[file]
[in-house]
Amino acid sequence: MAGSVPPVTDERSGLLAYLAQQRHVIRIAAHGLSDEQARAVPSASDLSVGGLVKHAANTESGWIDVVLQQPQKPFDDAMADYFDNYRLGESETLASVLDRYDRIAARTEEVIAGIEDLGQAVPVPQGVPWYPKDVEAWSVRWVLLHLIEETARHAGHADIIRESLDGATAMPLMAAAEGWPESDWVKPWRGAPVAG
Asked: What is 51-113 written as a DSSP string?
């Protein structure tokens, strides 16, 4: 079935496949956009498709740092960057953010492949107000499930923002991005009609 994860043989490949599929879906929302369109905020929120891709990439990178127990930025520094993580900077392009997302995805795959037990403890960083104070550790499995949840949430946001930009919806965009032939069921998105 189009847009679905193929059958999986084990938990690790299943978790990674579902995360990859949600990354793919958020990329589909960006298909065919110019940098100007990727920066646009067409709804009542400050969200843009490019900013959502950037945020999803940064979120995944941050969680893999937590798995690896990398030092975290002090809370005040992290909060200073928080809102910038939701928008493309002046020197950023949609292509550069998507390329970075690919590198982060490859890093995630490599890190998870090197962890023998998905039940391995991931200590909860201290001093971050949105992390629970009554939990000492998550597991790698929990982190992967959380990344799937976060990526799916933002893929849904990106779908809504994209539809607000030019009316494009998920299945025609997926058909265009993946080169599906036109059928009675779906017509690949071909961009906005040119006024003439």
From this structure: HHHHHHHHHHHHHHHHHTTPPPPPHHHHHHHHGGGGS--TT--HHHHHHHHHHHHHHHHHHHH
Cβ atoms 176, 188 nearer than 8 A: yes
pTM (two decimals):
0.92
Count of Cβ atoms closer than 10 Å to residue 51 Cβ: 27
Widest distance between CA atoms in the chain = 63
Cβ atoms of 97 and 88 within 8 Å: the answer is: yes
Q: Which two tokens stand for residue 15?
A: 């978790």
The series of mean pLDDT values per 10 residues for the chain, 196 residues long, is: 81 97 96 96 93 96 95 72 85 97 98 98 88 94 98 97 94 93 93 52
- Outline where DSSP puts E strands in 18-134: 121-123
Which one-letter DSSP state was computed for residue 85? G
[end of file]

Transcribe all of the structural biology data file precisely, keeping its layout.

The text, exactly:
[in-house]
Amino acid sequence: MAGSVPPVTDERSGLLAYLAQQRHVIRIAAHGLSDEQARAVPSASDLSVGGLVKHAANTESGWIDVVLQQPQKPFDDAMADYFDNYRLGESETLASVLDRYDRIAARTEEVIAGIEDLGQAVPVPQGVPWYPKDVEAWSVRWVLLHLIEETARHAGHADIIRESLDGATAMPLMAAAEGWPESDWVKPWRGAPVAG
Asked: What is 51-113 written as a DSSP string?
């Protein structure tokens, strides 16, 4: 079935496949956009498709740092960057953010492949107000499930923002991005009609 994860043989490949599929879906929302369109905020929120891709990439990178127990930025520094993580900077392009997302995805795959037990403890960083104070550790499995949840949430946001930009919806965009032939069921998105 189009847009679905193929059958999986084990938990690790299943978790990674579902995360990859949600990354793919958020990329589909960006298909065919110019940098100007990727920066646009067409709804009542400050969200843009490019900013959502950037945020999803940064979120995944941050969680893999937590798995690896990398030092975290002090809370005040992290909060200073928080809102910038939701928008493309002046020197950023949609292509550069998507390329970075690919590198982060490859890093995630490599890190998870090197962890023998998905039940391995991931200590909860201290001093971050949105992390629970009554939990000492998550597991790698929990982190992967959380990344799937976060990526799916933002893929849904990106779908809504994209539809607000030019009316494009998920299945025609997926058909265009993946080169599906036109059928009675779906017509690949071909961009906005040119006024003439």
From this structure: HHHHHHHHHHHHHHHHHTTPPPPPHHHHHHHHGGGGS--TT--HHHHHHHHHHHHHHHHHHHH
Cβ atoms 176, 188 nearer than 8 A: yes
pTM (two decimals):
0.92
Count of Cβ atoms closer than 10 Å to residue 51 Cβ: 27
Widest distance between CA atoms in the chain = 63
Cβ atoms of 97 and 88 within 8 Å: the answer is: yes
Q: Which two tokens stand for residue 15?
A: 């978790």
The series of mean pLDDT values per 10 residues for the chain, 196 residues long, is: 81 97 96 96 93 96 95 72 85 97 98 98 88 94 98 97 94 93 93 52
- Outline where DSSP puts E strands in 18-134: 121-123
Which one-letter DSSP state was computed for residue 85? G